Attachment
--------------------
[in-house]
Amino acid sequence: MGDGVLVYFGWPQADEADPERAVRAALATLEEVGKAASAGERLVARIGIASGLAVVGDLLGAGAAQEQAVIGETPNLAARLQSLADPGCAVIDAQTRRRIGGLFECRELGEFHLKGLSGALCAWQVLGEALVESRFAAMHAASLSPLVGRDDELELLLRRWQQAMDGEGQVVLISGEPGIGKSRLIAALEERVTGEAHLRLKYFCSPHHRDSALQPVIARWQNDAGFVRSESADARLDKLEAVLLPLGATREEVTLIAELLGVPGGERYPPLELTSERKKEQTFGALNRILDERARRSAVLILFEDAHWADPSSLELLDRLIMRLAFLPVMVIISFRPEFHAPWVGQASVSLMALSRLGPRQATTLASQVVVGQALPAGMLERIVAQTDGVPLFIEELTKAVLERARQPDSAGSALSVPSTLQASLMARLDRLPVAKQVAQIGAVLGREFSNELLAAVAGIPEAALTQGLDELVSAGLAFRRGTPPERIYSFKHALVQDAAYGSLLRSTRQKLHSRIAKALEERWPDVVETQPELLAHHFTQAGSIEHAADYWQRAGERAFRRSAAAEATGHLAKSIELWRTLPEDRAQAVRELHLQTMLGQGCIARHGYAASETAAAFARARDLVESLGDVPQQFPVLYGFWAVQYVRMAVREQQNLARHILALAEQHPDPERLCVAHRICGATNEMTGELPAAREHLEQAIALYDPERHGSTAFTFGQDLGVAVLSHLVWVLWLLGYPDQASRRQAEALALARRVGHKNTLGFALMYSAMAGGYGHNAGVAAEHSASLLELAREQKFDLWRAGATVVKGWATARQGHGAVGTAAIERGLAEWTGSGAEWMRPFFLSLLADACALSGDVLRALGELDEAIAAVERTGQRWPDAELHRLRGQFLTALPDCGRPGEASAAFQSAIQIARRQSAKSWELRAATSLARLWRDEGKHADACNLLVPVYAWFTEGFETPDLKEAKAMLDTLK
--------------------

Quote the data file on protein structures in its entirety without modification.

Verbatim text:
[in-house]
Amino acid sequence: MGDGVLVYFGWPQADEADPERAVRAALATLEEVGKAASAGERLVARIGIASGLAVVGDLLGAGAAQEQAVIGETPNLAARLQSLADPGCAVIDAQTRRRIGGLFECRELGEFHLKGLSGALCAWQVLGEALVESRFAAMHAASLSPLVGRDDELELLLRRWQQAMDGEGQVVLISGEPGIGKSRLIAALEERVTGEAHLRLKYFCSPHHRDSALQPVIARWQNDAGFVRSESADARLDKLEAVLLPLGATREEVTLIAELLGVPGGERYPPLELTSERKKEQTFGALNRILDERARRSAVLILFEDAHWADPSSLELLDRLIMRLAFLPVMVIISFRPEFHAPWVGQASVSLMALSRLGPRQATTLASQVVVGQALPAGMLERIVAQTDGVPLFIEELTKAVLERARQPDSAGSALSVPSTLQASLMARLDRLPVAKQVAQIGAVLGREFSNELLAAVAGIPEAALTQGLDELVSAGLAFRRGTPPERIYSFKHALVQDAAYGSLLRSTRQKLHSRIAKALEERWPDVVETQPELLAHHFTQAGSIEHAADYWQRAGERAFRRSAAAEATGHLAKSIELWRTLPEDRAQAVRELHLQTMLGQGCIARHGYAASETAAAFARARDLVESLGDVPQQFPVLYGFWAVQYVRMAVREQQNLARHILALAEQHPDPERLCVAHRICGATNEMTGELPAAREHLEQAIALYDPERHGSTAFTFGQDLGVAVLSHLVWVLWLLGYPDQASRRQAEALALARRVGHKNTLGFALMYSAMAGGYGHNAGVAAEHSASLLELAREQKFDLWRAGATVVKGWATARQGHGAVGTAAIERGLAEWTGSGAEWMRPFFLSLLADACALSGDVLRALGELDEAIAAVERTGQRWPDAELHRLRGQFLTALPDCGRPGEASAAFQSAIQIARRQSAKSWELRAATSLARLWRDEGKHADACNLLVPVYAWFTEGFETPDLKEAKAMLDTLK